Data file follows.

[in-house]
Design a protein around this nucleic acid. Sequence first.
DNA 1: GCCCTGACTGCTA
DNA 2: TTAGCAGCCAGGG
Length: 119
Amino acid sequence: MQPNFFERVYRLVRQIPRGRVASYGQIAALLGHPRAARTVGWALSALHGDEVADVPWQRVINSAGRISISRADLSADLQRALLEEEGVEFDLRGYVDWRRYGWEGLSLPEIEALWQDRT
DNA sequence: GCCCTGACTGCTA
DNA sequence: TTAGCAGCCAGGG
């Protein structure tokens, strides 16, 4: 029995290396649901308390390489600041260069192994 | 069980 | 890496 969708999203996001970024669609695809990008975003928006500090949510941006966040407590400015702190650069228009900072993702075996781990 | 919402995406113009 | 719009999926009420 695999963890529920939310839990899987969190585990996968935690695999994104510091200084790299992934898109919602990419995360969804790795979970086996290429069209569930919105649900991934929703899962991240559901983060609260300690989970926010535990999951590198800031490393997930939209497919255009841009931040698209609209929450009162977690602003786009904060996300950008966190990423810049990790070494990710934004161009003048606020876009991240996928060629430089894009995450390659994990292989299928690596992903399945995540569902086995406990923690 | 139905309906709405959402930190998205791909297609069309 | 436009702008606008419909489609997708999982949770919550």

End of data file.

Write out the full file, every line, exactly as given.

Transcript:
[in-house]
Design a protein around this nucleic acid. Sequence first.
DNA 1: GCCCTGACTGCTA
DNA 2: TTAGCAGCCAGGG
Length: 119
Amino acid sequence: MQPNFFERVYRLVRQIPRGRVASYGQIAALLGHPRAARTVGWALSALHGDEVADVPWQRVINSAGRISISRADLSADLQRALLEEEGVEFDLRGYVDWRRYGWEGLSLPEIEALWQDRT
DNA sequence: GCCCTGACTGCTA
DNA sequence: TTAGCAGCCAGGG
């Protein structure tokens, strides 16, 4: 029995290396649901308390390489600041260069192994 | 069980 | 890496 969708999203996001970024669609695809990008975003928006500090949510941006966040407590400015702190650069228009900072993702075996781990 | 919402995406113009 | 719009999926009420 695999963890529920939310839990899987969190585990996968935690695999994104510091200084790299992934898109919602990419995360969804790795979970086996290429069209569930919105649900991934929703899962991240559901983060609260300690989970926010535990999951590198800031490393997930939209497919255009841009931040698209609209929450009162977690602003786009904060996300950008966190990423810049990790070494990710934004161009003048606020876009991240996928060629430089894009995450390659994990292989299928690596992903399945995540569902086995406990923690 | 139905309906709405959402930190998205791909297609069309 | 436009702008606008419909489609997708999982949770919550």